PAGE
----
Google is rinsing the Play Store of apps developed by Do Global, a major Android developer in which Baidu holds a 34% stake, BuzzFeed reports. At the time of publishing, 46 apps from Do Global had been removed from the Play Store. These apps were also no longer available Google’s mobile advertising network AdMob.
Previously, Do Global had about 100 apps in the Play Store with over 600 million installs. The developer claims to have over 250 million monthly active users on its apps and says it reaches 800 million people through its platform. It used to be a full subsidiary of Baidu until it was spun out as a separate company last summer. Baidu no longer has effective control over Do Global.
These app removals follow a BuzzFeed report into at least six Do Global apps, which were found to be using code that clicked on ads when users weren’t using the apps and failing to disclose that they were owned by Do Global—both behaviors violate Google Play Store policy.
The six apps investigated by Buzzfeed were Selfie Camera, Omni Cleaner, RAM Master, Smart Cooler, Total Cleaner, and AIO Flashlight, each of which had more than 40 million downloads.
In 2017, Google removed 700,000 apps from the Play Store for policy violations, a 70% increase from the year before. It counted over 2 billion monthly active Android devices at the time.
Fraudulent ad impressions, meanwhile, remains a perennial problem for the digital media industry. Back in 2015, the Interactive Advertising Bureau and Ernst & Young estimated it costs the US USD 4.6 billion (RMB 31 billion) annually. This figure has likely increased given the rise of ad spend into digital channels since then.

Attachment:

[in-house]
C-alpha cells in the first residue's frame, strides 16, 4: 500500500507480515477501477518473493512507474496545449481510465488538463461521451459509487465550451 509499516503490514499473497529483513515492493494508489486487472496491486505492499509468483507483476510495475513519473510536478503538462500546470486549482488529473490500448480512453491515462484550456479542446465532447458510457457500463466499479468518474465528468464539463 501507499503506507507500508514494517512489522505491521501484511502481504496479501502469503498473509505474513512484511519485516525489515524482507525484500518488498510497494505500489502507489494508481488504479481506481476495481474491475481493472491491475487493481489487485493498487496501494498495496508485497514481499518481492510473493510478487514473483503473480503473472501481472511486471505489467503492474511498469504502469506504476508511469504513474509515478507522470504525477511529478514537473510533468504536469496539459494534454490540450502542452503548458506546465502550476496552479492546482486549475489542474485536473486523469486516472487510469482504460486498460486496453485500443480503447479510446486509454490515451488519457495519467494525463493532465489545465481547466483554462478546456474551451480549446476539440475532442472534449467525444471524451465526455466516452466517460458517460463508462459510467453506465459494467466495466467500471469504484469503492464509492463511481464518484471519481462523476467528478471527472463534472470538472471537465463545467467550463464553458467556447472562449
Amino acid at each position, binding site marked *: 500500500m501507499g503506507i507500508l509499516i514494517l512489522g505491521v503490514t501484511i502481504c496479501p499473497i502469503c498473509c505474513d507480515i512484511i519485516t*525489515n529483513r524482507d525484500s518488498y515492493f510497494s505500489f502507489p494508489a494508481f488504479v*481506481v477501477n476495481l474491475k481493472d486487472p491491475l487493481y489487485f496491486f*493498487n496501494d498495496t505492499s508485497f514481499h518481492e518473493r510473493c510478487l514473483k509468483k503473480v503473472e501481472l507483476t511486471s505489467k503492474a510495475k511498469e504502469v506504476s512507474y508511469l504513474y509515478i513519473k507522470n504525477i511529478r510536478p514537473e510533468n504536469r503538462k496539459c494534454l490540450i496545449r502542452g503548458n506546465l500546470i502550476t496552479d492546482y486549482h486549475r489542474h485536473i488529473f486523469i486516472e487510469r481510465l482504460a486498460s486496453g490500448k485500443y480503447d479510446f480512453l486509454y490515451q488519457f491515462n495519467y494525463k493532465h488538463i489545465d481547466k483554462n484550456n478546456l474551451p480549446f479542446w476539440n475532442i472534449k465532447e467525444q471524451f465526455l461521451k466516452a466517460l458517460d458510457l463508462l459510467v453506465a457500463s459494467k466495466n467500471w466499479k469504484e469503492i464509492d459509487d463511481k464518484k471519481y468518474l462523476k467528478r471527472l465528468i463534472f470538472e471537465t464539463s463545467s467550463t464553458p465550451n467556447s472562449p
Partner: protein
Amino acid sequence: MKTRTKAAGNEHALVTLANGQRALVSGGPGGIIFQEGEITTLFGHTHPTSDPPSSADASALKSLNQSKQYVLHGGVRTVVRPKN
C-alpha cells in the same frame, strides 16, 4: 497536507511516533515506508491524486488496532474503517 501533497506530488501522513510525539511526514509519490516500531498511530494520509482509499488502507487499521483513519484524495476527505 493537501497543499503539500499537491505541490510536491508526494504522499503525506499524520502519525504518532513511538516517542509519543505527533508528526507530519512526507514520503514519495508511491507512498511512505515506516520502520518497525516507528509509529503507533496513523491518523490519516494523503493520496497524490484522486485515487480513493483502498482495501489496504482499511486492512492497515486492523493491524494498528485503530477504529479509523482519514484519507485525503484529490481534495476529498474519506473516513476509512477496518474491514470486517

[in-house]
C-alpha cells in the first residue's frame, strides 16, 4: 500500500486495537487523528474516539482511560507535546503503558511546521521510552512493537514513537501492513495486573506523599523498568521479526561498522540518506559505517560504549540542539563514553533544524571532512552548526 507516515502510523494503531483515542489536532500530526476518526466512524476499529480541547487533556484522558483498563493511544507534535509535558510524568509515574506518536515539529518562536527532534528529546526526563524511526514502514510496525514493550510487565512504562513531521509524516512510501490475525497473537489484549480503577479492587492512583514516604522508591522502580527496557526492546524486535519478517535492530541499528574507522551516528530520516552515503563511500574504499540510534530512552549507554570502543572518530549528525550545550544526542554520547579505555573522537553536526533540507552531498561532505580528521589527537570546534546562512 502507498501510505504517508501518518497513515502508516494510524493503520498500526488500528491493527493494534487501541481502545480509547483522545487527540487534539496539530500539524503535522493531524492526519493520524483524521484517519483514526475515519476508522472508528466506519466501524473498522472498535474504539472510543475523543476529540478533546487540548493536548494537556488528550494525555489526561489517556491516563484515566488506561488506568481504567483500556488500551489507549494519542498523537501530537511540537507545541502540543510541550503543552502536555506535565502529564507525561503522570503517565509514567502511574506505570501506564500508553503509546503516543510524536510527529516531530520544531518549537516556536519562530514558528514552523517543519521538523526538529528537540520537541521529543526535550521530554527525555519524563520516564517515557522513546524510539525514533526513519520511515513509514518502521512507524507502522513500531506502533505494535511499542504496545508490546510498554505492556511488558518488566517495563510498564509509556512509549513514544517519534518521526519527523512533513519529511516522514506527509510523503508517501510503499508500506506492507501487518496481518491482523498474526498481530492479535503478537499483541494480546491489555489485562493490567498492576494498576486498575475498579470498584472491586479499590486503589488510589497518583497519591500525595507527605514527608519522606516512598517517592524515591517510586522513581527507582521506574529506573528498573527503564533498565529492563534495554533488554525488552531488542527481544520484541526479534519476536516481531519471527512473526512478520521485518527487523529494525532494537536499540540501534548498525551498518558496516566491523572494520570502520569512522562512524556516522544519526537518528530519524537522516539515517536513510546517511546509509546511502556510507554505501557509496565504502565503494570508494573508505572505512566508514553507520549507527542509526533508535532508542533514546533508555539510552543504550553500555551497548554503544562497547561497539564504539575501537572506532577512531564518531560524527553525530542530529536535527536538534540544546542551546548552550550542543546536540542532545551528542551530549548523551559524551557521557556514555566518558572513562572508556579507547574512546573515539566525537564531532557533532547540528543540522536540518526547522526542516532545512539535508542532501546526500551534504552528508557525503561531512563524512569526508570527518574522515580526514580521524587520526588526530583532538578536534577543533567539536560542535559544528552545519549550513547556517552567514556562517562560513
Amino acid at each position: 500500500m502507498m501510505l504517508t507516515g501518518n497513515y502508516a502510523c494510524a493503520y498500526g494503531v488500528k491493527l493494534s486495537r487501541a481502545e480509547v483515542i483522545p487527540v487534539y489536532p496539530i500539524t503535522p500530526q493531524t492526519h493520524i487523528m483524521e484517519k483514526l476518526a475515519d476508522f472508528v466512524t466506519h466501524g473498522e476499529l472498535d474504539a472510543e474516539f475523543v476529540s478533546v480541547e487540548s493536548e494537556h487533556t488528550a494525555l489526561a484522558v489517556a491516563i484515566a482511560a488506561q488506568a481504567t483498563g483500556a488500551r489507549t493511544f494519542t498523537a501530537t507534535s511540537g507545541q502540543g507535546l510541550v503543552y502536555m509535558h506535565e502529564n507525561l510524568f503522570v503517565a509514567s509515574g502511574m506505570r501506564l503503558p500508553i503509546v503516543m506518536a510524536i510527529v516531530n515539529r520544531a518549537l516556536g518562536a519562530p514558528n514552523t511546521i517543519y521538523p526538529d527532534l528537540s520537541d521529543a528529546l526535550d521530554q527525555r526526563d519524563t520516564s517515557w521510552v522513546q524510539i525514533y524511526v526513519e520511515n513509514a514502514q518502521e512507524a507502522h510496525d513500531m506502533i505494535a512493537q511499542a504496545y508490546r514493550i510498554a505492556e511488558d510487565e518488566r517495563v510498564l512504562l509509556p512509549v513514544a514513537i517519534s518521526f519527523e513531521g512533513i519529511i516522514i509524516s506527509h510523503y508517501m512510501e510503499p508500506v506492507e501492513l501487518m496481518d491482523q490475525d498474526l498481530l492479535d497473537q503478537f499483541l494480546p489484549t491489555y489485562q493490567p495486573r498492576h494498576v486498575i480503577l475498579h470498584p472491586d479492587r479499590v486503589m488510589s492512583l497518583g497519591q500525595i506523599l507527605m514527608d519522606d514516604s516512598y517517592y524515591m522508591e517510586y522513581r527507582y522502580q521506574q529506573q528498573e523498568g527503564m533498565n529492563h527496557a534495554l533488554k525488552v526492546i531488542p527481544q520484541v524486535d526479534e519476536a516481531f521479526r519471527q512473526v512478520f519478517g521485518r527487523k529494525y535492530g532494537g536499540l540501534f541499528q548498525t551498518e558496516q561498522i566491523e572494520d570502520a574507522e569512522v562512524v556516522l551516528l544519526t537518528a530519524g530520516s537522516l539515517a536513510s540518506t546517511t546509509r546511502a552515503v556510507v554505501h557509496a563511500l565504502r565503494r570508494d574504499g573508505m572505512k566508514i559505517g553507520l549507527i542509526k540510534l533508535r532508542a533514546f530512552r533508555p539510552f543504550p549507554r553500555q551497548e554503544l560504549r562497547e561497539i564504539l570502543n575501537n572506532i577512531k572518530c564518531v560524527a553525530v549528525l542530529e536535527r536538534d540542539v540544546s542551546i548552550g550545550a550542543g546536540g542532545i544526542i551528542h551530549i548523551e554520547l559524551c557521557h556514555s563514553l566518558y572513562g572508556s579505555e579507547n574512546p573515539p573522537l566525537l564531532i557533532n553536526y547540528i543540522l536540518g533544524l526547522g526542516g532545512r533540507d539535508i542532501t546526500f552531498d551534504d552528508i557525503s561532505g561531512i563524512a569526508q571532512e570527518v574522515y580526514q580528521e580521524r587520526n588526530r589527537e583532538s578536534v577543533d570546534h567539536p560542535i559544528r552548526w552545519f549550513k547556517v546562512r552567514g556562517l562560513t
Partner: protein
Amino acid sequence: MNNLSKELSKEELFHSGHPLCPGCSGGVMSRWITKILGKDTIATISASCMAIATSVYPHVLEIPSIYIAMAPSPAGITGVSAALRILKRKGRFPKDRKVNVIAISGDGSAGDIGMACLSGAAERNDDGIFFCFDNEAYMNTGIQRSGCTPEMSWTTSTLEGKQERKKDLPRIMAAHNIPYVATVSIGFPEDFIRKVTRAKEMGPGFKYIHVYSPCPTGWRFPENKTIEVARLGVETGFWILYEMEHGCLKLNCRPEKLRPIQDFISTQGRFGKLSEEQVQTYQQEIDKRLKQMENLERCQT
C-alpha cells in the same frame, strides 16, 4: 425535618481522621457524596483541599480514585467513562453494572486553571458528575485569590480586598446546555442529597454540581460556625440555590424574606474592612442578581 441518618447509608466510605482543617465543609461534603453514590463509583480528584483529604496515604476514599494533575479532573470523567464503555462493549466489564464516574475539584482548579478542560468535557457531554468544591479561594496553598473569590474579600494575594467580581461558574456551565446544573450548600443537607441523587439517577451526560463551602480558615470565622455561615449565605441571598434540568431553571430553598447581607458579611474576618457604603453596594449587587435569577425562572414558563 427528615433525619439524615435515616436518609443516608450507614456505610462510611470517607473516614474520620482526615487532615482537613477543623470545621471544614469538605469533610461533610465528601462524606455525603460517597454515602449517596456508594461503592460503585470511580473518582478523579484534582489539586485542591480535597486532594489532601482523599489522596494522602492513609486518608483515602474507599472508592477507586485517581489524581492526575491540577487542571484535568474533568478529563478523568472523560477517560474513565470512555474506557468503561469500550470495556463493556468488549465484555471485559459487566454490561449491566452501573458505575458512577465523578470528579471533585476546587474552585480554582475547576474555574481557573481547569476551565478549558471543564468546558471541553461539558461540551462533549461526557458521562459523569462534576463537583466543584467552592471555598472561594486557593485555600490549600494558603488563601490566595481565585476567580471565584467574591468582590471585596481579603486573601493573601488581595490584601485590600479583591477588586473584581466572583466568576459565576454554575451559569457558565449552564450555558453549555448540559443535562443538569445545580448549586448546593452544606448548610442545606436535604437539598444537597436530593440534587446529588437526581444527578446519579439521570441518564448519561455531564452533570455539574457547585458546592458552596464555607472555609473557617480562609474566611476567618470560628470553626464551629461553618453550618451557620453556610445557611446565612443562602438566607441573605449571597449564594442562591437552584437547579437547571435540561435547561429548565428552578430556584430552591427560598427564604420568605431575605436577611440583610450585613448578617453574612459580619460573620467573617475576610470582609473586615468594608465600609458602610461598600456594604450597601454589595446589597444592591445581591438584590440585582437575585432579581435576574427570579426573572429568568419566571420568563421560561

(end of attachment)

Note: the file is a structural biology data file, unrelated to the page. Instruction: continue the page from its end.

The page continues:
While the true extent of damage is unknown, Juniper Research estimated ad fraud would cost an estimated USD 19 billion (RMB 128 billion) in 2018, and others claim the figure could be more than three times higher.
And mobile ad fraud is a growing scourge. Last year, mobile analytics company Apps Flyer estimated mobile ad fraud grew 30% in Q1 2018 to reach between USD 700 and 800 million (RMB 4.7-5.4 billion), while ad fraud protection firm Pixalate estimated that close to a quarter of all mobile ad impressions are fraudulent.
In China, close to one-third of digital ad traffic in 2018 was invalid, according to a study by ad measurement company Miaozhen Systems.